Mary Gaitskill's Trapdoors and Mirror Balls

The author returns with her first short-story collection in more than 10 years

These are the ghosts for whom Don't Cry saves its sympathy. There may be no better writer than Gaitskill at reaching deep into what she calls, in "Folk Song," the "trapdoors in personality and obsession," and pulling what she finds there back out into the world. Past, present, future; heartbreak, desire, and loss—none of it is quite beyond her. Her prose glides lightly over unsoundable depths, like the seemingly innocuous and familiar New York edifice one Don't Cry character passes, "a wall layered with many seasons of damp movie posters," where "the suggestion of a circus seeped up under the face of an actress, until a torn half tiger leapt, roaring, through the hoop of her eye."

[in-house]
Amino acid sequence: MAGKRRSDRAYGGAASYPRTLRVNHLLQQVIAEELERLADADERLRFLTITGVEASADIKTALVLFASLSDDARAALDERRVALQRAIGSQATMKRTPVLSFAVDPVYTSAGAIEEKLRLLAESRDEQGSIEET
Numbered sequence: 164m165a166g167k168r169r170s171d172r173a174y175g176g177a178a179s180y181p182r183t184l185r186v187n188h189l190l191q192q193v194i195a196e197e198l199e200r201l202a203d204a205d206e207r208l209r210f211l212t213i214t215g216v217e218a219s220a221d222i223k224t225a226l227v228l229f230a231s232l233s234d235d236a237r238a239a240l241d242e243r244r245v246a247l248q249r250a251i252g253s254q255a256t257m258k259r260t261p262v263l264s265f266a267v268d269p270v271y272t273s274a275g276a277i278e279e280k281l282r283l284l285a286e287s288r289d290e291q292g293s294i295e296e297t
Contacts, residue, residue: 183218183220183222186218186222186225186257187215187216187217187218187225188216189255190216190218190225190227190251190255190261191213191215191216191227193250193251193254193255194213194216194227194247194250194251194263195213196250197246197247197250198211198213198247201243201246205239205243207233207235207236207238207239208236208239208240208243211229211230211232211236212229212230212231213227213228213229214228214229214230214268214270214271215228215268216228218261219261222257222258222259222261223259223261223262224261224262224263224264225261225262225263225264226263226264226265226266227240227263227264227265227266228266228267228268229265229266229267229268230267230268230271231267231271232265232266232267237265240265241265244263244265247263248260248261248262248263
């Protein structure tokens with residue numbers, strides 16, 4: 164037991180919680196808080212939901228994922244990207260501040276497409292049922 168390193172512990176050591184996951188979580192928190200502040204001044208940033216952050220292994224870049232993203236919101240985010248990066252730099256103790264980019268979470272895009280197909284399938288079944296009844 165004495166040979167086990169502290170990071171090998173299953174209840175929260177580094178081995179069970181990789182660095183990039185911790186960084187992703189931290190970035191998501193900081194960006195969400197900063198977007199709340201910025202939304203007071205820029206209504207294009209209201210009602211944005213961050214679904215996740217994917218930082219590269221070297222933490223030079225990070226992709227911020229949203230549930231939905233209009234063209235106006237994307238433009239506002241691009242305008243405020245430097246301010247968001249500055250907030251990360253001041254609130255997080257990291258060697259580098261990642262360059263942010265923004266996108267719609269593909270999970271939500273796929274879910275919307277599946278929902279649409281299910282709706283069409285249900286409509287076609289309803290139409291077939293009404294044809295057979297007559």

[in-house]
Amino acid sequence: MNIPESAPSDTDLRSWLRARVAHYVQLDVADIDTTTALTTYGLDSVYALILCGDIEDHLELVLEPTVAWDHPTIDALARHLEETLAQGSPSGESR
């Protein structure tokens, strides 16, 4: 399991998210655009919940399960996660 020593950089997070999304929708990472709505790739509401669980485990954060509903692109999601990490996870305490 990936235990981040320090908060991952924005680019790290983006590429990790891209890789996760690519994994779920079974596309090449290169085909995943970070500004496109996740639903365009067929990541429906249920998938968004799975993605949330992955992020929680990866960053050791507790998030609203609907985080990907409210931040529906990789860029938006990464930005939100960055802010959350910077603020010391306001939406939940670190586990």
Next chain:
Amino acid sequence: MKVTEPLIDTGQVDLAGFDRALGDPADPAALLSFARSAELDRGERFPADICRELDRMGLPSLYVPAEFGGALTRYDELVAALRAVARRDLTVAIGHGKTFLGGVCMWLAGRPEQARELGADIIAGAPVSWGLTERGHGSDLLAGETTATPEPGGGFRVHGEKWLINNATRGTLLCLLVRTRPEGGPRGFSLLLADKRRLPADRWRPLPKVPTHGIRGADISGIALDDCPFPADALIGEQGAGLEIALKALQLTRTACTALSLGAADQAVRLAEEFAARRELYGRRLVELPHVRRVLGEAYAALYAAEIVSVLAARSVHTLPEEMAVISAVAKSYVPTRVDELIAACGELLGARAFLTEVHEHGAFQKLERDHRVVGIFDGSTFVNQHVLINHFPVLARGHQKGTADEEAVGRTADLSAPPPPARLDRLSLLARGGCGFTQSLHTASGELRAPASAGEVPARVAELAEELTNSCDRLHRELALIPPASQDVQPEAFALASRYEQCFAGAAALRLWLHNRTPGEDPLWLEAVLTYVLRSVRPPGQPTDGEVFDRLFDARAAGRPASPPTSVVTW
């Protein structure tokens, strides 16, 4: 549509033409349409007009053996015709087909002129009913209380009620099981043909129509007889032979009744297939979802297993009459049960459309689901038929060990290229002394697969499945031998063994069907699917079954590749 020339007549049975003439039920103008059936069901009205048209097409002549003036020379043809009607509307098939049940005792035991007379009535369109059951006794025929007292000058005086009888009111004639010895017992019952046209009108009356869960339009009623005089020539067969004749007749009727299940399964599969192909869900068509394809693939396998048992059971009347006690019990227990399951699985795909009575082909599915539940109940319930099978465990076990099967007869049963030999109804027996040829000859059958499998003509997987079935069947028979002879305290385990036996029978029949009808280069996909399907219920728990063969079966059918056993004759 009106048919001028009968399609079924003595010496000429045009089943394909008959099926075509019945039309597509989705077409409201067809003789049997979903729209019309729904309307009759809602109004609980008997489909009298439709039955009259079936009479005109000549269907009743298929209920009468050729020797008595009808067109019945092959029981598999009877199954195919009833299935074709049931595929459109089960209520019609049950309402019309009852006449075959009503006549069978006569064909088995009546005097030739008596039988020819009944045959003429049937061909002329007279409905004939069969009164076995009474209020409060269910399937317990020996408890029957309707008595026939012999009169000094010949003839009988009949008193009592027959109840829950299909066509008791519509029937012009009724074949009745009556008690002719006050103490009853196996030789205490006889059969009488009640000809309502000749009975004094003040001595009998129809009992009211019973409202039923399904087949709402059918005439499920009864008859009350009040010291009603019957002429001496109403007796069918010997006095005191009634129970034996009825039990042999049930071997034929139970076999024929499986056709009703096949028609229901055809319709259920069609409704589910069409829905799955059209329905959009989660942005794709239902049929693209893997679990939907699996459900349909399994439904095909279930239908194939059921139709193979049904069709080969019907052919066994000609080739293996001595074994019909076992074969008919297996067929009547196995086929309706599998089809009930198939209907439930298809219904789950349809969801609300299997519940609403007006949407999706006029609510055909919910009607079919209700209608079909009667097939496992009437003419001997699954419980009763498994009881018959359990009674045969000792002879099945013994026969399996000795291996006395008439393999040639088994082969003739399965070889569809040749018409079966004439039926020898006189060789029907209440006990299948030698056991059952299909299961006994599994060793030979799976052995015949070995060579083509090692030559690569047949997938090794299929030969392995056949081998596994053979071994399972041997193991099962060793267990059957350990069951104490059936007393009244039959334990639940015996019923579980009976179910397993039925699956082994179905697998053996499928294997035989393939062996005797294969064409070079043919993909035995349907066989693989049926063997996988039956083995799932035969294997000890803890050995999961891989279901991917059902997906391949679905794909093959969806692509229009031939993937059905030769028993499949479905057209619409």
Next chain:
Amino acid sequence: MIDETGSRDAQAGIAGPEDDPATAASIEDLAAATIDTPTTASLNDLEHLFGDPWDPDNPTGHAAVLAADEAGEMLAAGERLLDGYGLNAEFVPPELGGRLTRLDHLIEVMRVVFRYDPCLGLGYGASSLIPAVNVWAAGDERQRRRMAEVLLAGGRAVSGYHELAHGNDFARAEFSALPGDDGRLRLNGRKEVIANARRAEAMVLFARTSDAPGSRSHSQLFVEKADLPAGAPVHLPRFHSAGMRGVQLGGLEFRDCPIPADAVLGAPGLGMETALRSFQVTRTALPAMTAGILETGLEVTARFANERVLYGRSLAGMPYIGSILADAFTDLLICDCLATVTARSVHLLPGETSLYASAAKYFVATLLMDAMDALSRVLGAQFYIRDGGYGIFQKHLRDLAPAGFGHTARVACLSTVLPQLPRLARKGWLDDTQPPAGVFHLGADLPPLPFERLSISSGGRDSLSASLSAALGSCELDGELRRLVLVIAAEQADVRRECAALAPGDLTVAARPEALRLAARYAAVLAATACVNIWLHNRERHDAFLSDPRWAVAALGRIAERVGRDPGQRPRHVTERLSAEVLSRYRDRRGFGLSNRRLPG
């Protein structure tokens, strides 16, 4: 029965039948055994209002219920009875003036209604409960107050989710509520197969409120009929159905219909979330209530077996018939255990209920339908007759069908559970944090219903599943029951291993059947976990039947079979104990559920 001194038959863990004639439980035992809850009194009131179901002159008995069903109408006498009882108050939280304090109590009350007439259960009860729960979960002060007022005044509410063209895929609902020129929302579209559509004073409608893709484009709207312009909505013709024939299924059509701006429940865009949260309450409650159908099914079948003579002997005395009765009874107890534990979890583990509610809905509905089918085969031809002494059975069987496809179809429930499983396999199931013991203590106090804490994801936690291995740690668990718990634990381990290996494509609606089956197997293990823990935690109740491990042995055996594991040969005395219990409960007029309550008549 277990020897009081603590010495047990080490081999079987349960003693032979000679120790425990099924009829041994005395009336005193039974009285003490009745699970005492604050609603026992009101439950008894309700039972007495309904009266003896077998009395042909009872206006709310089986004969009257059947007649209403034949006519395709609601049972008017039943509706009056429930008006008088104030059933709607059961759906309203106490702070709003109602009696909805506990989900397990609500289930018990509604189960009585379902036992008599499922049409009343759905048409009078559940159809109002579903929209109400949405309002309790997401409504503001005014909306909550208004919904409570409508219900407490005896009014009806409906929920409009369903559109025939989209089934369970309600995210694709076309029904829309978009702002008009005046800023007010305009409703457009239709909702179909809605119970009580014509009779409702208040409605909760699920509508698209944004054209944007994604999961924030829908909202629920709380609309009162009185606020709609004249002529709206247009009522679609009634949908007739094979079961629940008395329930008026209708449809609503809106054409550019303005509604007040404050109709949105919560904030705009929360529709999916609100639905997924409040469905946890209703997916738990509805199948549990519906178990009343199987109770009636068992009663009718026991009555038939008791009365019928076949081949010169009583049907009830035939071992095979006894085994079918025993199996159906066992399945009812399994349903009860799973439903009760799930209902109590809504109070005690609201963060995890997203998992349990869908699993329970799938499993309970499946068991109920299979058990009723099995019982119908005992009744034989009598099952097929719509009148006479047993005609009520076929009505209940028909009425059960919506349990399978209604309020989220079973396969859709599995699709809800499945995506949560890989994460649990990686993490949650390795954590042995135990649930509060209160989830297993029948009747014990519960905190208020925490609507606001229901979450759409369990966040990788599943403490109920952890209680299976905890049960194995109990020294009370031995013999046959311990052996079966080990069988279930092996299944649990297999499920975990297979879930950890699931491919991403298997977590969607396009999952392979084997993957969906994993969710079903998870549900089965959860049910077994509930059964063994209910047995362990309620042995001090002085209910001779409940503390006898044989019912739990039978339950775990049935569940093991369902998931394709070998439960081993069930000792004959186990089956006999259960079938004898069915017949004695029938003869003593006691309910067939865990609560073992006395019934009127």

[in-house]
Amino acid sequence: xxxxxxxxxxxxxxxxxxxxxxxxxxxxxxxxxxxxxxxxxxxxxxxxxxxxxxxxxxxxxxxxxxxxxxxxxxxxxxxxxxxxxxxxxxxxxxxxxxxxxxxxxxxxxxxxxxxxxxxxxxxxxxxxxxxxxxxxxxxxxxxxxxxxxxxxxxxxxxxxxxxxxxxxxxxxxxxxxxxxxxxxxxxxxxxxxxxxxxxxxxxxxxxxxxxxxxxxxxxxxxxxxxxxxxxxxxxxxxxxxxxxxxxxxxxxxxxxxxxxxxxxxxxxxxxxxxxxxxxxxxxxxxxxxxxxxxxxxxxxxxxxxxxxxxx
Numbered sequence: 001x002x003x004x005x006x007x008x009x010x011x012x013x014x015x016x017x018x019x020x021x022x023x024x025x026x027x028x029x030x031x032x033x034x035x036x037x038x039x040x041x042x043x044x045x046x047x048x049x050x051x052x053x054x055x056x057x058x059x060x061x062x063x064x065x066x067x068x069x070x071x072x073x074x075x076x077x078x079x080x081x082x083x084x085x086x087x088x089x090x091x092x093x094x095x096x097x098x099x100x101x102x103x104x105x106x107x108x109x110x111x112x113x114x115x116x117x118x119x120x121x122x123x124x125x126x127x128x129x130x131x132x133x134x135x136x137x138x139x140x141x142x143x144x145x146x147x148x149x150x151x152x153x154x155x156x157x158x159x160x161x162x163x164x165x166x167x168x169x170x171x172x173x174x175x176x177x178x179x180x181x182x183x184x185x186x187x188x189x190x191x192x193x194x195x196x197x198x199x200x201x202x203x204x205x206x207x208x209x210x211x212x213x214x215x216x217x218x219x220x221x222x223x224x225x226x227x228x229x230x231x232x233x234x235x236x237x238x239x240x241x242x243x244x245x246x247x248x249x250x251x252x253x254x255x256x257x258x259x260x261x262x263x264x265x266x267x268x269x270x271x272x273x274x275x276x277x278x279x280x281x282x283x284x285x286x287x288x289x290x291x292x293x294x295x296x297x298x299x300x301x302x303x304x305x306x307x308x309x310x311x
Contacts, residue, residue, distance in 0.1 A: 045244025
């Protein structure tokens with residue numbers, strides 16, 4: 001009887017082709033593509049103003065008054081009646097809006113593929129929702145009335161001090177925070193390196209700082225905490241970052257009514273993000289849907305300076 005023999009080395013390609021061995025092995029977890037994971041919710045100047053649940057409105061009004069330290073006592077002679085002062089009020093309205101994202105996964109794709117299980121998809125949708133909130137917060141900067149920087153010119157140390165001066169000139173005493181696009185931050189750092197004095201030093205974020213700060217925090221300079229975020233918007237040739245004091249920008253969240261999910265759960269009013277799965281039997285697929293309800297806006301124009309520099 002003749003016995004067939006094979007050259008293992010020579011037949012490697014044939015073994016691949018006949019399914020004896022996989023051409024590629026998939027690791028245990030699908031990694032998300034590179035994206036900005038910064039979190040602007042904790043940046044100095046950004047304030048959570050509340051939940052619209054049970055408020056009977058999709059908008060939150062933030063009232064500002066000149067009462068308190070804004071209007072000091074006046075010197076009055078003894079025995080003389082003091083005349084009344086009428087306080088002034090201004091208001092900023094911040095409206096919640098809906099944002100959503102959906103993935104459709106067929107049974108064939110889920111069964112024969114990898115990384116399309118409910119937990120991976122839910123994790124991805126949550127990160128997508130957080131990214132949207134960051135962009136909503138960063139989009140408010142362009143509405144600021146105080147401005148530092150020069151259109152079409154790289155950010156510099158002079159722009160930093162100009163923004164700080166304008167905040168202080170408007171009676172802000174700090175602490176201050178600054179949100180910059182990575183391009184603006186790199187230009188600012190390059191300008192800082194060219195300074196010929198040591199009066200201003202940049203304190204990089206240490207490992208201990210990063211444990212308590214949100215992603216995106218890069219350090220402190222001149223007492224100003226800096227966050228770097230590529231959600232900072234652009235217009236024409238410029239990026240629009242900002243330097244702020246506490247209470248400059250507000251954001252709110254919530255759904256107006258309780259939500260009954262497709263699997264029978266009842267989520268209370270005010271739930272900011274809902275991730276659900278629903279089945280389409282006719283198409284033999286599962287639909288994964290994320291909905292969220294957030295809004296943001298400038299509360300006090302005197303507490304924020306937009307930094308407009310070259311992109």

Titanium emotional intelligence: Gaitskill
Hillary Harvey
Titanium emotional intelligence: Gaitskill


Don't Cry
By Mary Gaitskill
Pantheon, 226 pp., $23.95

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